re: Tell me an unpopular software opinion VIEW POST

re: This is what I'd call "experience" though. How long have you been working in the field? I do agree with you, though. People will have to come to t...

Define "working" ROFL (Kidding)

Getting paid? A little over 10 years now.

But writing web code? Let's just say I remember writing code at a time when CSS didn't exist.

And absolutely it takes experience. I would look sideways at someone calling themselves a "Full Stack Engineer" on the first day of their first job without some significant background information haha.

I'm 3 years in, have worked on production environments maintaining and developing PHP/Node.js back-ends as well as React/Vue front-ends, and CI/CD infrastructures...

I'm still having a lot of trouble calling myself "full-stack". I'm way too junior to pretend I know both well enough.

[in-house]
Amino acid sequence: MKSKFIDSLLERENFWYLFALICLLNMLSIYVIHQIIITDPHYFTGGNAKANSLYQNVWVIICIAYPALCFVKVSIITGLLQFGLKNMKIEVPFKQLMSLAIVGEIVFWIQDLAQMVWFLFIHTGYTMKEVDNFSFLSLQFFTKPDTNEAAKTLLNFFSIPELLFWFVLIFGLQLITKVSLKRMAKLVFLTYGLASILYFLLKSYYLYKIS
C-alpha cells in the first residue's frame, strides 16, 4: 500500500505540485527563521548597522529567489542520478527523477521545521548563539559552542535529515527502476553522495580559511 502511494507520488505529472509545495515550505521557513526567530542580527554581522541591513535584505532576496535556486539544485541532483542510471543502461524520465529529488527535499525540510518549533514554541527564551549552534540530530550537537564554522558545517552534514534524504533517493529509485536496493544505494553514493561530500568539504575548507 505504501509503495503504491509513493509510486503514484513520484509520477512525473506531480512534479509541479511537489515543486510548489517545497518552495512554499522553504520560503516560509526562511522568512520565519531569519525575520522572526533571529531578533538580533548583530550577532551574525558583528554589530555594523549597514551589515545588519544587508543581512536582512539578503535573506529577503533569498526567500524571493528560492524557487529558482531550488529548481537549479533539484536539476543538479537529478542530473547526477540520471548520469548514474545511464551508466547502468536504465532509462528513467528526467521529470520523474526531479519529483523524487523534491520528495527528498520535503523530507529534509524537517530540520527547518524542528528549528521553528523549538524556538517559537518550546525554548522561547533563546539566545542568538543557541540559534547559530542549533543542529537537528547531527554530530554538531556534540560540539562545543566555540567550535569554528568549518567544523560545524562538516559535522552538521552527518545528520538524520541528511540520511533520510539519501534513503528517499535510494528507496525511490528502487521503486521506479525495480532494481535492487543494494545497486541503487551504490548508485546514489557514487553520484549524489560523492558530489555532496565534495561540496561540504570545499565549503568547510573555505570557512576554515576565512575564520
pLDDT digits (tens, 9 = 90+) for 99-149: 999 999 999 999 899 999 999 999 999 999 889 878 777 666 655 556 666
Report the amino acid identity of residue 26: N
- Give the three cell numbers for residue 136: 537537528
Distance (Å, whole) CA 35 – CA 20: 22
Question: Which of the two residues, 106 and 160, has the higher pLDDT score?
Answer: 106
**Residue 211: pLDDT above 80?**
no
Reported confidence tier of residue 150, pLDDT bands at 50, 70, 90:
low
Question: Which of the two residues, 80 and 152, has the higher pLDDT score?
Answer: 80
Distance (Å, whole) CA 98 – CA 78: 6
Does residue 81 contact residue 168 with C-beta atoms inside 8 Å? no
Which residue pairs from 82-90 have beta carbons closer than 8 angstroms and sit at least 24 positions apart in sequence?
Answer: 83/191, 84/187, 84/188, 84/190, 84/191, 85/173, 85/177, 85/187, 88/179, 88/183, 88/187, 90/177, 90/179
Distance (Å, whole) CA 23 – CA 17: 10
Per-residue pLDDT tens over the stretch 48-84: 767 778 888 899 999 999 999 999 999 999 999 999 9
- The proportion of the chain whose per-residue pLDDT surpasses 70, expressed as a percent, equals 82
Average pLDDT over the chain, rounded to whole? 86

First: Sounds pretty "Full Stack" to me. Second, make sure you have a specialty that you feel like is your "go-to" (Front-end, back-end... and even though "DevOps" is a mindset, it CAN be a specialty too).

If you've got that, but you wouldn't "little Bobby Tables" if you touched another piece of the stack, then you're full-stack.

You DO need a realistic assessment of your own skills. If you're mid-level in the front, but junior in the back, be honest about it and ask for mentorship and guidance from a senior backend engineer, but don't be afraid to pickup those stories either :D


Pretty much the opposite situation for me! I'm primarily back-end, but learned JS, then React/Vue, then CSS out of sheer necessity, then realized I wasn't half as bad as I thought I was at it. I still suck at layout, especially when responsive, but I'm getting decent at scaling things in mostly sensical ways.

I'm probably getting to mid-level in back-end at this point, maybe? And I learned DevOps-y stuff by scaling up my team's growing architecture past their FTP and manual CRON jobs on a single VM.

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